mission accomplished: Despite battling dehydration that required a hospital visit Saturday night, Mickelson closed with a 69 to win his first WGC title.
What will Phil do next? Probably order a big meal and hold the calamari. Running on liquids and fumes when he wasn't running to lavatories and hospitals, the famished left-hander walked very slowly to the WGC-CA Championship. He fended off plumbing problems and Nick Watney by one stroke at Doral's Blue Monster, where the two Butch Harmon classmates virtually deserted a stellar field to engage in a weekend of match play. Mickelson shot a final-round 69 for 19-under 269 to secure his first WGC title, although if Watney's putt for birdie on No. 18 had one more revolution in it, they would have gone overtime—not exactly what the doctor ordered for Phil, who dined with friends Thursday evening and did not look at a menu for the remainder of his South Florida visit.
It was uncertain, only speculated, that the squid appetizer did the damage. Mickelson's famous caddie, Jim Mackay, also indulged, and he wasn't feeling too chipper, either. But Mickelson got progressively weaker, and his inner circle grew increasingly concerned. Mickelson was in the bathtub Saturday evening trying to cure the shakes as friends banged on his hotel door, fearing he might have passed out. Eventually, Mickelson was taken to Baptist Medical Plaza for two IV bags, but when he was still in bed at 1 p.m. Sunday with a 2:45 tee time, trainer Sean Cochran wondered whether his man would be able to finish what he had started.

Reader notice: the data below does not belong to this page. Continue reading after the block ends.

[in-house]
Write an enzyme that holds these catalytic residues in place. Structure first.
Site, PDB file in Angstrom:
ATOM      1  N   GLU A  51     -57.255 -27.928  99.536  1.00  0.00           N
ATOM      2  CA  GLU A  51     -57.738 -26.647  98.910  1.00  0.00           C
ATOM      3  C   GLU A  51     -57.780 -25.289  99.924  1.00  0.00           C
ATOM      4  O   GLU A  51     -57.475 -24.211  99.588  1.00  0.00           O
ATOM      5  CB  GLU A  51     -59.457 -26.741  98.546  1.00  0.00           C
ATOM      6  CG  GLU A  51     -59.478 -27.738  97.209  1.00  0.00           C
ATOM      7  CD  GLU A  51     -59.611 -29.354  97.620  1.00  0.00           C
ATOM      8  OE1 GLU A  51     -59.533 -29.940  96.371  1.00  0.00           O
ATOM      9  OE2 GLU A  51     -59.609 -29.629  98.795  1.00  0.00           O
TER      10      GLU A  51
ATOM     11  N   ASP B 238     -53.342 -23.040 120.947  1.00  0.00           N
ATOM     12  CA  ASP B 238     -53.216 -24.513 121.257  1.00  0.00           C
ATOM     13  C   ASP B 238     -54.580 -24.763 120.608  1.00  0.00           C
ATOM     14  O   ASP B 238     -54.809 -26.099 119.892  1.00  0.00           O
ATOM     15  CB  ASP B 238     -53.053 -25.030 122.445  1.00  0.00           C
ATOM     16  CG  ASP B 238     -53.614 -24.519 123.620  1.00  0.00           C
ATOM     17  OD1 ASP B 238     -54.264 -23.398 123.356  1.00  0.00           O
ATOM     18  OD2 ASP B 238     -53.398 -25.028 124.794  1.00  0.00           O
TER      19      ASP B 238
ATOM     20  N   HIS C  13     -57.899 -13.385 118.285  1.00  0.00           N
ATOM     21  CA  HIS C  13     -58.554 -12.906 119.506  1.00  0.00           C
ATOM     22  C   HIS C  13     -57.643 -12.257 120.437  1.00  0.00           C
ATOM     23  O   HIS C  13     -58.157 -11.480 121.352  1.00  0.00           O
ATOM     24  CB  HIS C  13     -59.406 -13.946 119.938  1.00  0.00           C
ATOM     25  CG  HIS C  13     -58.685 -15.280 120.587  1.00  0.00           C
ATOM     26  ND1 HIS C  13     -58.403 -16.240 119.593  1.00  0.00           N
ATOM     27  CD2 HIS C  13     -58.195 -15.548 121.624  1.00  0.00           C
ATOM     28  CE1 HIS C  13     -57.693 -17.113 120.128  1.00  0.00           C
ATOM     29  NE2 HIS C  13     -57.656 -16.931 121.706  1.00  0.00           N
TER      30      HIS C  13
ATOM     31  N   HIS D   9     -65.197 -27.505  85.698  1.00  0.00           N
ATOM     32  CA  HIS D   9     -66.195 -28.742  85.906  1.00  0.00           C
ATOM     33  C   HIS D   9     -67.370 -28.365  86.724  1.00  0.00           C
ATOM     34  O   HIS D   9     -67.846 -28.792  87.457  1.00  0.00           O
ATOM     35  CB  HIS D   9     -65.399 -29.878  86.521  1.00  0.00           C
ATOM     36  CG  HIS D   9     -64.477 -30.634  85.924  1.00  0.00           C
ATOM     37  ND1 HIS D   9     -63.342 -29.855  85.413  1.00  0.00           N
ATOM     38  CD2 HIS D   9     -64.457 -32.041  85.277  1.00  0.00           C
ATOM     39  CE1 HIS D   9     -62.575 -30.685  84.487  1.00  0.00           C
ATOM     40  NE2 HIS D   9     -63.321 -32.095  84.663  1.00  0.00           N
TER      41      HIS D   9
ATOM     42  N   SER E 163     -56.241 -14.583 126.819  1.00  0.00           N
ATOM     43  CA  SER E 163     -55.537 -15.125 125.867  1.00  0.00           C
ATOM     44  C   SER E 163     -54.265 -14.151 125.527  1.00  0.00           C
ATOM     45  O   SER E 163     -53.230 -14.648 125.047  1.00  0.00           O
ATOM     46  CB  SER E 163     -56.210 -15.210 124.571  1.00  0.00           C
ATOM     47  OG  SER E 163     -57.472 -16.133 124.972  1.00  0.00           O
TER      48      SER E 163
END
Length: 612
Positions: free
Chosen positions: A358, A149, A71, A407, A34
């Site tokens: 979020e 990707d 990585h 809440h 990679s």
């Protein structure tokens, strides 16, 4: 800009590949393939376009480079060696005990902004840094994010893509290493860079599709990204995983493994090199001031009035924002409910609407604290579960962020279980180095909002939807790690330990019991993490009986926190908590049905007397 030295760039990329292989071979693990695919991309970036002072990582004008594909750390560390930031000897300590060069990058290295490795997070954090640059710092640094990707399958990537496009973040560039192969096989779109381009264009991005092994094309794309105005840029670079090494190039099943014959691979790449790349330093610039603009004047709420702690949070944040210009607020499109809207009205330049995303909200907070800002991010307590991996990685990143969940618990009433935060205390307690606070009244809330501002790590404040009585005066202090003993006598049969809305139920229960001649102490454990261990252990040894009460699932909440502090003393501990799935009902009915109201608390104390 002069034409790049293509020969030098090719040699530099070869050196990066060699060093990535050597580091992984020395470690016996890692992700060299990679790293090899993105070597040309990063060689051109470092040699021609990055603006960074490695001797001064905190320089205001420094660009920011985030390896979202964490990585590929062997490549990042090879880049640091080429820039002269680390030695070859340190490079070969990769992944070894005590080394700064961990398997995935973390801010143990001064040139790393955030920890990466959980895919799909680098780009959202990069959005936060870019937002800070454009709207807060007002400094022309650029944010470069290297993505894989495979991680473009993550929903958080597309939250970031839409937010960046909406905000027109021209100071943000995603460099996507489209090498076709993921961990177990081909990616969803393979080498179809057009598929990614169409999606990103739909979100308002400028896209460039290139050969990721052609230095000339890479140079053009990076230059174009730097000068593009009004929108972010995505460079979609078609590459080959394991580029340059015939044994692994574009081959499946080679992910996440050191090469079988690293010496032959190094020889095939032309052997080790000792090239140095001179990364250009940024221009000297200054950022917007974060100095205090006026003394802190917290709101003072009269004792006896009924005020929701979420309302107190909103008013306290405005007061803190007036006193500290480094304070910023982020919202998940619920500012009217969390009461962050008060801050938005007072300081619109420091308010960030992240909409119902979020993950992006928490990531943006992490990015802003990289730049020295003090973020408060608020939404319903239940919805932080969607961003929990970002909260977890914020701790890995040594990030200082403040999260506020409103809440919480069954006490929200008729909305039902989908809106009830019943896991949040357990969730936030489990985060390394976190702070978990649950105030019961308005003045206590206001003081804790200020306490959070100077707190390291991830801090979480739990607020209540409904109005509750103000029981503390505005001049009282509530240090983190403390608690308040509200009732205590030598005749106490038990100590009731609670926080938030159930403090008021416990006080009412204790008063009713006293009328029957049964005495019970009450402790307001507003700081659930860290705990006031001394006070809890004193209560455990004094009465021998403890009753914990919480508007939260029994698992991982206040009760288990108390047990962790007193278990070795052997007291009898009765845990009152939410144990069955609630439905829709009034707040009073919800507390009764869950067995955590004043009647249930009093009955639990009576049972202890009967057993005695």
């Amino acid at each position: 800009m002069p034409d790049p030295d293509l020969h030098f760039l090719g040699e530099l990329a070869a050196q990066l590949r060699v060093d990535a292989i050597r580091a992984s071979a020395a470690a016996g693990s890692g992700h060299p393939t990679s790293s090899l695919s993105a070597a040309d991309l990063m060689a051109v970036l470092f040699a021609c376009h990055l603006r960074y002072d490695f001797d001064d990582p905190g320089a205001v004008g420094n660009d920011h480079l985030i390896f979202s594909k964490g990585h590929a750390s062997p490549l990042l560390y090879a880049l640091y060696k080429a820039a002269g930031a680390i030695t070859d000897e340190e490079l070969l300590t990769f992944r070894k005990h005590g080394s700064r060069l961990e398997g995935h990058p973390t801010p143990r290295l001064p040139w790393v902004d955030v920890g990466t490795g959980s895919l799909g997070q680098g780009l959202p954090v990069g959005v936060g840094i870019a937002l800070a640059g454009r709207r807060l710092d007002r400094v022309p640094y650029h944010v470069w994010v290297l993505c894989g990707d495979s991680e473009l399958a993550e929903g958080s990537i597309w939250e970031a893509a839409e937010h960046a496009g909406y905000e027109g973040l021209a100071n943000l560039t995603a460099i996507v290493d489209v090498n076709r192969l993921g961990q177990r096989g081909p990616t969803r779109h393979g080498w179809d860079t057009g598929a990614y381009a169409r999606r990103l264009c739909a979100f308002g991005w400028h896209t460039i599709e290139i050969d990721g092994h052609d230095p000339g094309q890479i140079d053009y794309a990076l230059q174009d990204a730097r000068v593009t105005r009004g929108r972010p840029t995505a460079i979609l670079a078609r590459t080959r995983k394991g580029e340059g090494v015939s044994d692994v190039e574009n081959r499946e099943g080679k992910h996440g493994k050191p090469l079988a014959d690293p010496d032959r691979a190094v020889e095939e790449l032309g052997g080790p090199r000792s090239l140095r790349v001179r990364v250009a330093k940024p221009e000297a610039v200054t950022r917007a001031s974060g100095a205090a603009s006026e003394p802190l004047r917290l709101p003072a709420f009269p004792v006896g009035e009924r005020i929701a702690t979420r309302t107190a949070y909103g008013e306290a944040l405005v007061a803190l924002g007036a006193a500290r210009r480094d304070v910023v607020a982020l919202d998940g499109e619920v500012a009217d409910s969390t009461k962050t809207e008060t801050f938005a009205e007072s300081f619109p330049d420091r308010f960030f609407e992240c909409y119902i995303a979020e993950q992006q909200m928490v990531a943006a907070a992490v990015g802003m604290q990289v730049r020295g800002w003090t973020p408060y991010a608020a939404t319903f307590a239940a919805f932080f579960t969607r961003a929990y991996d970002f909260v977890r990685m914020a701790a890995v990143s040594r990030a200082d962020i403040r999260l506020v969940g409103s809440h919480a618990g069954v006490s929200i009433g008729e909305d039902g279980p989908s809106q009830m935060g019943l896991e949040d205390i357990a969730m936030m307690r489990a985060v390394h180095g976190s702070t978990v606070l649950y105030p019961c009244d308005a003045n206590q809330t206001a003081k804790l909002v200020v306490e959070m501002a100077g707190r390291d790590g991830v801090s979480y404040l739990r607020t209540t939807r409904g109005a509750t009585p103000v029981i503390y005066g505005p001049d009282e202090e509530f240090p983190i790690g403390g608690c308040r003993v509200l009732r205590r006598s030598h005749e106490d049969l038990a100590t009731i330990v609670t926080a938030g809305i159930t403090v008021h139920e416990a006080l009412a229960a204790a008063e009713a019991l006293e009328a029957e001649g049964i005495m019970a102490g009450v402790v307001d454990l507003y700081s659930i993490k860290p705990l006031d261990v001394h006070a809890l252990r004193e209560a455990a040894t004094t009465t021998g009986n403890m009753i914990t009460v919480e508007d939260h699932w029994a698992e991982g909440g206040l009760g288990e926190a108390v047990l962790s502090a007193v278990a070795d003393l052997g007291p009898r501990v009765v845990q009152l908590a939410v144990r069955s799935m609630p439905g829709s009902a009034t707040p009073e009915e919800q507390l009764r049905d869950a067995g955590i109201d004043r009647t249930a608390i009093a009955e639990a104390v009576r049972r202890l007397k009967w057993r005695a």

"Beware the ailing golfer," rasped Mickelson, who canceled a scheduled Monday business trip to New York and instead commanded wheels up for his San Diego home. In due time he will reflect on how effectively he performed, particularly with a peg in the ground. Only a few drives went awry—notably Sunday's on No. 12, where Mickelson thrashed right-handed toward an escape route—justifying his faith in Harmon, who recalled "hooking up with Phil right here [in 2007], sort of on the sly at another course." Now, two years later, for all his weakened condition, Lefty is oozing confidence with Augusta on the near horizon.
If Mickelson wasn't eating, a very game Watney wasn't blinking, and after trading leads and birdies, the marquee pairing was seven shots wide of everybody else after No. 10 Sunday. Both men bogeyed the 12th, where Watney was forced to implement one in a series of awkward catcher's crouches to address his ball in a bunker. Strangely enough, the status remained quo for the next two hours. All pars, and Watney had 70, while Jim Furyk grabbed a quiet third with 67 for 272—a rather sedate conclusion after days of Camilomania, another impressive showing by Irish teen Rory McIlroy and, of course, the inevitable warning sirens from Tiger Woods.
He opened with a serviceable 71, then gradually polished rough edges such as distance control as he went through his first full tournament since June. With weekend 68s, Woods recorded a T-9, then expressed disappointment "because I hit it a lot better than I scored." Tiger has been known to putt Doral's greens as if he owned them, but this year, he clanked off more rims than Shaquille O'Neal from the foul line. Woods repeatedly seemed frustrated and amazed when his ball was not dropping, but as one adversary moaned, "Now he knows how the rest of us feel." Then again, instructor Hank Haney thinks he knows how his prized pupil feels about the rest of his arsenal: "Tiger says he's never been this excited about his swing."